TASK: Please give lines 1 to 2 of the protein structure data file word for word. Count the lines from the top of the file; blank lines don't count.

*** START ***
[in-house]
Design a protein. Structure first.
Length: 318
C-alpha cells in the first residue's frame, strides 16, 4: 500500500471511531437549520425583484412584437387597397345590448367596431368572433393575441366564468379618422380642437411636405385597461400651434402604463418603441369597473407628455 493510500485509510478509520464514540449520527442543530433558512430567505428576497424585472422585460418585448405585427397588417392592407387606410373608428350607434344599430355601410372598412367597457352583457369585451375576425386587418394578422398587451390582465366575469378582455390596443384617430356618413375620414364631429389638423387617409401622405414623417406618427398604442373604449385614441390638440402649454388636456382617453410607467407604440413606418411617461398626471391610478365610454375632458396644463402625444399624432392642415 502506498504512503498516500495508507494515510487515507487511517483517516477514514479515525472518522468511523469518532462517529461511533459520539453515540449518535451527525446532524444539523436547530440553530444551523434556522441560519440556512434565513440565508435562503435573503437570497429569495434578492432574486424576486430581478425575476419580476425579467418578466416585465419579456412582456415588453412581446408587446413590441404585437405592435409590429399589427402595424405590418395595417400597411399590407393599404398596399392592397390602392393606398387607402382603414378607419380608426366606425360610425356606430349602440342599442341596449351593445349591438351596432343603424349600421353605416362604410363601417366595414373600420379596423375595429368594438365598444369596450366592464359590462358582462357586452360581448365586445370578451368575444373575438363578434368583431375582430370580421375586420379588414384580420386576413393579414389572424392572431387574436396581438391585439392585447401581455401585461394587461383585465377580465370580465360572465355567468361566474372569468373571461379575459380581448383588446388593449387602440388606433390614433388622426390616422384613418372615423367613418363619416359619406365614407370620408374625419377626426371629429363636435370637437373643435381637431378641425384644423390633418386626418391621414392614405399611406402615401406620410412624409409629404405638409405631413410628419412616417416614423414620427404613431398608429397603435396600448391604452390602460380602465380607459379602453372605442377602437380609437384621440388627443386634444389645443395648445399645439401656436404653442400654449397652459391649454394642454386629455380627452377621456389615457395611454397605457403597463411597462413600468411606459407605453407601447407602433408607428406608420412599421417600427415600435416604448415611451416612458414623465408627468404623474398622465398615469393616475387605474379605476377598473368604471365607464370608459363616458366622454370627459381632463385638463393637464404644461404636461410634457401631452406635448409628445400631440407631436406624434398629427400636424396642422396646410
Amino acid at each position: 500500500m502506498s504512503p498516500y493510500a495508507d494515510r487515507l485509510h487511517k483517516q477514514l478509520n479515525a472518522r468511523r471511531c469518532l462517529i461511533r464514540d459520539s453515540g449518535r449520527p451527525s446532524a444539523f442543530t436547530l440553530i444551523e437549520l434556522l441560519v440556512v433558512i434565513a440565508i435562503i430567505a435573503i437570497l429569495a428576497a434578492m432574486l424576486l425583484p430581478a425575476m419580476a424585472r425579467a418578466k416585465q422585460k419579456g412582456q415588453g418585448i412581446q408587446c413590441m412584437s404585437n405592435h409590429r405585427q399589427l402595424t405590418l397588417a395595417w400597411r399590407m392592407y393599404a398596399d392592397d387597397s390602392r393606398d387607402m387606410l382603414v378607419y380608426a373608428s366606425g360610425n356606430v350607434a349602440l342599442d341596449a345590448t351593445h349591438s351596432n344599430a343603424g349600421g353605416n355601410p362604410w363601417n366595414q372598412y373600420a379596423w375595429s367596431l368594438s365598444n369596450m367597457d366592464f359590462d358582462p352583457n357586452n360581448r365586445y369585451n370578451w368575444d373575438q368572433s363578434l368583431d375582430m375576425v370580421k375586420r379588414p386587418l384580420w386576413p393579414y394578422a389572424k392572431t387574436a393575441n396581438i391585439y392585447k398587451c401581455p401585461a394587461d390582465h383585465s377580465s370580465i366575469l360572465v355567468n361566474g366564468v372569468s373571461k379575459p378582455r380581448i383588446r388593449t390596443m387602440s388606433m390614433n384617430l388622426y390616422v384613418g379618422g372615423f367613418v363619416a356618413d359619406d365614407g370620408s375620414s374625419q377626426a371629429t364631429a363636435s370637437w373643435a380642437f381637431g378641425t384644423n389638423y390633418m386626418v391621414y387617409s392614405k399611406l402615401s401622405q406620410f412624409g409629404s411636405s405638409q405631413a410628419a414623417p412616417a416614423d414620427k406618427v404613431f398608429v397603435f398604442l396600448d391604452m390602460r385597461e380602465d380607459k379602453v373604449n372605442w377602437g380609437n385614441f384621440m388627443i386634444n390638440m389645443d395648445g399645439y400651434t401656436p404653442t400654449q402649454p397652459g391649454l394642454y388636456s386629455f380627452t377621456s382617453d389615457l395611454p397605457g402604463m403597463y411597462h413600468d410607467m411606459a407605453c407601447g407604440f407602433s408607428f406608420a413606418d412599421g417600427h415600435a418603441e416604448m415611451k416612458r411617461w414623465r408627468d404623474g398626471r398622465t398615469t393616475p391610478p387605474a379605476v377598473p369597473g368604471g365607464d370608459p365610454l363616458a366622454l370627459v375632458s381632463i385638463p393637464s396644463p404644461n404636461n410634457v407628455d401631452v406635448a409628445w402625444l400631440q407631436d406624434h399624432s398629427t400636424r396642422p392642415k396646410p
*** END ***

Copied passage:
[in-house]
Design a protein. Structure first.